CPB was performed with a roller pump (Stöckert S5; Sorin group Deutschland GmbH, Germany) providing nonpulsatile flow. The priming consisted of 1,200 ml colloids (Geloplasma®, Fresenius Kabi, Belgium), heparin 5,000 IU, and mannitol 0.5 g/kg. Systemic heparinization maintained an activated clotting time of more than 480 s. Moderately hypothermic CPB (blood temperature, 30°C) was initiated at flow rates of 2.5 l·min−1·m−2. During CPB, Pao2 and Paco2 were maintained around 200 and 40 mmHg, respectively. Arterial blood gases were measured at 37°C, independent of body temperature (α-stat blood gas management). Blood was sampled from the pump oxygenator after 3 min during steady state and during the interventions. Temperature, Paco2, Pao2, hemoglobin, and sevoflurane concentrations were kept constant during the respective measurements.
The study used a randomized crossover design where the subjects served as their own controls. Methodology has been previously described in detail.1 In brief, 20% changes in perfusion pressure during CPB were generated with the use of vasoactive agents, SNP for decreasing blood pressure and phenylephrine for increasing blood pressure. The vasoactive agents are part of the standard of care, and preparation and labeling were conducted according to the hospital guidelines (250 and 100 µg/ml for SNP and phenylephrine, respectively). The protocol of the previous study1 included a decrease in flow rate of 20% before administration of phenylephrine, whereas flow rate was 2.5 l·min−1·m−2 before administration of SNP.
First, flow rate was set to the respective target. Thereafter, steady state was established. Steady state was defined as the presence of a stable (less than 10% change) perfusion pressure over a period of 5 min on CPB. No changes in any parameters (temperature, Paco2, Pao2, sevoflurane concentrations, and flow rate) nor administration of any drugs were allowed during steady state. After reaching 5 min of steady state, 20% change in perfusion pressure was induced. The pressure changes were sustained for 5 min by administration of small boluses of the respective drugs.
Data were sampled at 2-s intervals with RUGLOOP®, stored on a computer hard drive, and analyzed offline. Because there were no significant differences in ScO2 between the left and the right side among the different interventions, right and left ScO2 were averaged to analyze changes in ScO2.
Cerebral autoregulation was quantified using the NIRS-derived COx.10–18 COx was calculated by recording 2-s values of MAP and ScO2 over a 300-s epoch, generating 150 paired samples of MAP and ScO2 to calculate the correlation coefficient between MAP and ScO2. Traditionally, signal filtering has been performed by using 10-s average values to eliminate confounding variables such as respiration and pulse waveforms.11,16 Because in this study, measurements were performed on CPB, potential influences of respiration and pulse waveforms are absent, and therefore, there was no need for data filtering. Moreover, in view of the abrupt deliberate pressure changes, the use of 2-s samples was considered more accurate than 10-s averaged values.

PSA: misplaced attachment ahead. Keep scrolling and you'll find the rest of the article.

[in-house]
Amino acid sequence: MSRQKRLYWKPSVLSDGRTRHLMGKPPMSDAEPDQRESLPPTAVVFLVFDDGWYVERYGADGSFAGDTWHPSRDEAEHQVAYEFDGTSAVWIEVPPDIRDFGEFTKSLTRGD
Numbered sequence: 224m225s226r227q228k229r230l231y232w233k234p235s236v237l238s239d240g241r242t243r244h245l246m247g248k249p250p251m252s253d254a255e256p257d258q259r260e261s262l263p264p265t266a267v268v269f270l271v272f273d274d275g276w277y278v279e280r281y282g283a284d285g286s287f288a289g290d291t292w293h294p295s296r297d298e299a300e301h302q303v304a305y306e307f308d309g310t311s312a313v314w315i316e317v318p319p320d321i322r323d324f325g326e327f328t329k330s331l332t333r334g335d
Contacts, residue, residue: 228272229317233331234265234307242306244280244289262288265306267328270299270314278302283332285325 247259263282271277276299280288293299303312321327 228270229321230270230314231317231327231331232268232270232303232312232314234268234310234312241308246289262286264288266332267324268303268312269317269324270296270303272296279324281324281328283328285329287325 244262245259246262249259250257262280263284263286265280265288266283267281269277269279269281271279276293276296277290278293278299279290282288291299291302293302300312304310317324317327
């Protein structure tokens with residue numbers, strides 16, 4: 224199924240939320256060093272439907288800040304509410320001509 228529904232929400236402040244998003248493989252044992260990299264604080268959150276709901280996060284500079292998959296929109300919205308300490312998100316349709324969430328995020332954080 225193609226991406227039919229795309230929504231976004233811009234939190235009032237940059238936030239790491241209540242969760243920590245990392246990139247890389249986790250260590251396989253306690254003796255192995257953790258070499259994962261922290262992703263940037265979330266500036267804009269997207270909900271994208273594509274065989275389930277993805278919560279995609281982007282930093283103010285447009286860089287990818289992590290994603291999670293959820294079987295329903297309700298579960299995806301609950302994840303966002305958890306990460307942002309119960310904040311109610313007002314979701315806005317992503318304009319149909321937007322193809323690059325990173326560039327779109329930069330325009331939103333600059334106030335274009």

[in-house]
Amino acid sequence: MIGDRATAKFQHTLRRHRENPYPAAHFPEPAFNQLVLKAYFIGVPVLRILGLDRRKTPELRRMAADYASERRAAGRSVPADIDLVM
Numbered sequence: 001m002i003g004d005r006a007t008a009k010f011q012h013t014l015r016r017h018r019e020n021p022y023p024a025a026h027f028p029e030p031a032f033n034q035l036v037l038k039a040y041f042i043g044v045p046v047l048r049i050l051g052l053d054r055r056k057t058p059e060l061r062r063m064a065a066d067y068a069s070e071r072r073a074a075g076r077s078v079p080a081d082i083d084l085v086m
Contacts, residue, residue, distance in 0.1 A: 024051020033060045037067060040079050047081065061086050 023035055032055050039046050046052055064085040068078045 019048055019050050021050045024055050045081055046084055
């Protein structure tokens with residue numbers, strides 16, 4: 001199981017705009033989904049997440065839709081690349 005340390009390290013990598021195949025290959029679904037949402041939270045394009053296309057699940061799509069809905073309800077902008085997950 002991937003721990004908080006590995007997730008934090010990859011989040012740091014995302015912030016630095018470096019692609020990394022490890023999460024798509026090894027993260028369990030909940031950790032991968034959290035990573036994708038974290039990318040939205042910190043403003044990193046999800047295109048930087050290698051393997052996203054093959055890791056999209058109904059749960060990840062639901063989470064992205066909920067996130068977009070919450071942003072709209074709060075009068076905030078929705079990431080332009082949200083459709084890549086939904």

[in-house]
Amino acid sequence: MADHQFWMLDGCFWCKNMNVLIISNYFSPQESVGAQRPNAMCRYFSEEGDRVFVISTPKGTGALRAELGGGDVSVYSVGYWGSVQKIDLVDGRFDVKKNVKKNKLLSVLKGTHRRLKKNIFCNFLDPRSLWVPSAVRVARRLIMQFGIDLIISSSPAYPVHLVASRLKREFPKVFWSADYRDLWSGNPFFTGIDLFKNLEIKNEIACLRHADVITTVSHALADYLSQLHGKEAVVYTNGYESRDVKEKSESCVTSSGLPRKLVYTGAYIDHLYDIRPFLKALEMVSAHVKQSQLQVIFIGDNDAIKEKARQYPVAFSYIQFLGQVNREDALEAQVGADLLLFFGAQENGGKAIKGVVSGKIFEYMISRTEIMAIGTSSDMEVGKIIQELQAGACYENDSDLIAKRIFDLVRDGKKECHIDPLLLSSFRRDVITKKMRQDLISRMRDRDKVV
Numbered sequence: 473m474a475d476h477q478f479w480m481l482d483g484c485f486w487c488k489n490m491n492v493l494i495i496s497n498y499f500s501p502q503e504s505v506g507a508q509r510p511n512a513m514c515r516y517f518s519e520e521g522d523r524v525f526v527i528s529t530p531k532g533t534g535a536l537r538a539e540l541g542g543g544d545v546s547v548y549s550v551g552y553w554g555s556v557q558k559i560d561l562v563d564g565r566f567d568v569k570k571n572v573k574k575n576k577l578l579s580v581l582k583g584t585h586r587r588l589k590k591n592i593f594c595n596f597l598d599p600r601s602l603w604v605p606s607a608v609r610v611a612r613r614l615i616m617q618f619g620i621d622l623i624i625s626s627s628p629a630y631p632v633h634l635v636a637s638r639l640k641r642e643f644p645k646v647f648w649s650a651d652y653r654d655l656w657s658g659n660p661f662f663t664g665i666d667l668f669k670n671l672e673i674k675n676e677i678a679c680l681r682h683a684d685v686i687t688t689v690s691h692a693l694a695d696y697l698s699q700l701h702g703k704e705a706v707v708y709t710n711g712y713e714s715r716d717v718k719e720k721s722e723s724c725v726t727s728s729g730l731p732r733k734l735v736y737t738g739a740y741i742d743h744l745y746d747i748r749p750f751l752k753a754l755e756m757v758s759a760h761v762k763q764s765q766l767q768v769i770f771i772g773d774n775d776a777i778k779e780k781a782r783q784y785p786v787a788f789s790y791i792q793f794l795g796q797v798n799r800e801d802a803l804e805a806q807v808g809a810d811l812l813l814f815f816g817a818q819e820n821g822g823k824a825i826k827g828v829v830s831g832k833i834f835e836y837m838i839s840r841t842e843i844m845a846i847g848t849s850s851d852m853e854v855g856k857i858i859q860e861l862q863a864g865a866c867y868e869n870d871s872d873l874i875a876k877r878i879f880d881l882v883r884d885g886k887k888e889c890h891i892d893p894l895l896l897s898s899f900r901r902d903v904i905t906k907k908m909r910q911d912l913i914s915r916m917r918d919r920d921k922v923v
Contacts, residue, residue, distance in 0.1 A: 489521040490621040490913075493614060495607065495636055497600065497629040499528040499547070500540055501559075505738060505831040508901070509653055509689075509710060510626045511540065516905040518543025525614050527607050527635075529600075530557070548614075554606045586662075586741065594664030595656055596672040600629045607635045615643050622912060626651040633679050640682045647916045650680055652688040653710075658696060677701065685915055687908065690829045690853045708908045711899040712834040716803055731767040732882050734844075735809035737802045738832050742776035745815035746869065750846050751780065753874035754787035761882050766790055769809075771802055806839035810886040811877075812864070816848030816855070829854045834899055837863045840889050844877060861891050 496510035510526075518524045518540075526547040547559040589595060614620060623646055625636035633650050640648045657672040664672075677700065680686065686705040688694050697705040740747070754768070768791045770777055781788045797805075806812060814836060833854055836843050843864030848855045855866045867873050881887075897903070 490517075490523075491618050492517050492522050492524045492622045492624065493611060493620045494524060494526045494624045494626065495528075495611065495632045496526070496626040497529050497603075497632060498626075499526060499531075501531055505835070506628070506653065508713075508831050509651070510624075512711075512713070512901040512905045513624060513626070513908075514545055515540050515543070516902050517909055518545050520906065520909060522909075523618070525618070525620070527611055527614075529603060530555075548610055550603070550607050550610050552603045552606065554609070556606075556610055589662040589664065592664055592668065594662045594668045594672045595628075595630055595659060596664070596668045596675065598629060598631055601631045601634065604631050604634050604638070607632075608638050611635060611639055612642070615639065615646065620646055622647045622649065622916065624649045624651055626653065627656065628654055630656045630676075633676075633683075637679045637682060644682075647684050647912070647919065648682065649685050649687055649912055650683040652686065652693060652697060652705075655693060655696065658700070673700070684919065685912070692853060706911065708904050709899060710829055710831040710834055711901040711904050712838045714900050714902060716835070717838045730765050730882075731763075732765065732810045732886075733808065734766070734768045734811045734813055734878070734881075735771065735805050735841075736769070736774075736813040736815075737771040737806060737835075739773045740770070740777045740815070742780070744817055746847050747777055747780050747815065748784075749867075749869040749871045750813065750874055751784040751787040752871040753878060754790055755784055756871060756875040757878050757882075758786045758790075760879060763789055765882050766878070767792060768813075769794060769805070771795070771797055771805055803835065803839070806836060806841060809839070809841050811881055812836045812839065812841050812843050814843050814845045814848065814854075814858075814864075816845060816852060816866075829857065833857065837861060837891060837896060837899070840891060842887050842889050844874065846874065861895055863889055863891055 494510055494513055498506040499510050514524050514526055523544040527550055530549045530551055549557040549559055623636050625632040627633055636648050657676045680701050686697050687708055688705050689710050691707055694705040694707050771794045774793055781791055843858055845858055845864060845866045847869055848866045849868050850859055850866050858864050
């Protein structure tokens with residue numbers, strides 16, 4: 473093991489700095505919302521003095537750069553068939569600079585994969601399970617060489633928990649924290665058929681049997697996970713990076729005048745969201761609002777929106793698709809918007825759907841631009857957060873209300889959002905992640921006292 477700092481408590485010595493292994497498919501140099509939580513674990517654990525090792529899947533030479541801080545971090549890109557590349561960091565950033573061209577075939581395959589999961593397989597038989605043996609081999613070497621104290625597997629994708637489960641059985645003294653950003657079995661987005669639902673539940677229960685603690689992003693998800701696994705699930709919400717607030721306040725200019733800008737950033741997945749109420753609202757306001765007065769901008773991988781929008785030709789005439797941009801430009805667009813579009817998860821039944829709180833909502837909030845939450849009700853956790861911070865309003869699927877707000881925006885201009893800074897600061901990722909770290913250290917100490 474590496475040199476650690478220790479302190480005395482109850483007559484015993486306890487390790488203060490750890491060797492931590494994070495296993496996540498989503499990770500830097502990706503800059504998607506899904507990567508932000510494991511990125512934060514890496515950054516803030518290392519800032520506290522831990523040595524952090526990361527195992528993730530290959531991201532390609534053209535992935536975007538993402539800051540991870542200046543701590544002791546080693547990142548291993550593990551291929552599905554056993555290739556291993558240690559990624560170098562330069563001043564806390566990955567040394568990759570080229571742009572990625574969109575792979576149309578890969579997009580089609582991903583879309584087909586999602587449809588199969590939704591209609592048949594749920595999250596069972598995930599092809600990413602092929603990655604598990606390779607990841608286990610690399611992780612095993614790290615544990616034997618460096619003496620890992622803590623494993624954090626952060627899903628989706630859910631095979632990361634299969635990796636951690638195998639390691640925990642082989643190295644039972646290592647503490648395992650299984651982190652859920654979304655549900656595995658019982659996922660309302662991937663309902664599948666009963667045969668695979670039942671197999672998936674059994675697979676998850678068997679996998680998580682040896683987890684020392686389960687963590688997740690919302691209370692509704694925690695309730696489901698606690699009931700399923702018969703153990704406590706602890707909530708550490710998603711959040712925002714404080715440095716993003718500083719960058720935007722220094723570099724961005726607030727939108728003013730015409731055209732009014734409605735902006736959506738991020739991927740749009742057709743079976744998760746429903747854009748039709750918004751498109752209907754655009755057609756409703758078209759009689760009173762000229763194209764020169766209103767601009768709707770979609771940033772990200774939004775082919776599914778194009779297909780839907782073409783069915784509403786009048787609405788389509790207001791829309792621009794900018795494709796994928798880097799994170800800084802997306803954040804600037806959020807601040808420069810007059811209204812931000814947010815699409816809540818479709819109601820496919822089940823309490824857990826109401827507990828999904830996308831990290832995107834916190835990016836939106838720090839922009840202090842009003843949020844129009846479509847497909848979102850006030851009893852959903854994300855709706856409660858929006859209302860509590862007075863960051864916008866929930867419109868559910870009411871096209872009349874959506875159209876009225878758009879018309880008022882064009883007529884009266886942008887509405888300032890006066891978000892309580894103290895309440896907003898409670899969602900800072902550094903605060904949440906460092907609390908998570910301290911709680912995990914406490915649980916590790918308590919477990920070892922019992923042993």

Blood pressure in the autoregulation range is indicated by a COx that approaches 0, whereas a COx approaching +1 indicates a pressure passive cerebral circulation.10–14 The COx thresholds to distinguish between intact and impaired autoregulation are arbitrary and vary according to the authors between 0.25 and 0.50.11,12,14–16 In this study, the arbitrary limit of 0.30 was chosen, according to the most recent work of Ono et al.14,19
This study was performed with data that were consecutively recorded for a different project published previously,1 and thus, the initial sample size was not powered to relate paradoxical responses of ScO2 to cerebral autoregulation. Currently, no data are available in literature to allow for the calculation of sample size when changes in cerebral autoregulation are to be related to the use of vasoactive agents. Therefore, we consider this study as a pilot study to evaluate the impact of vasoactive agents on COx. This study will allow to further tailor future sample size calculations.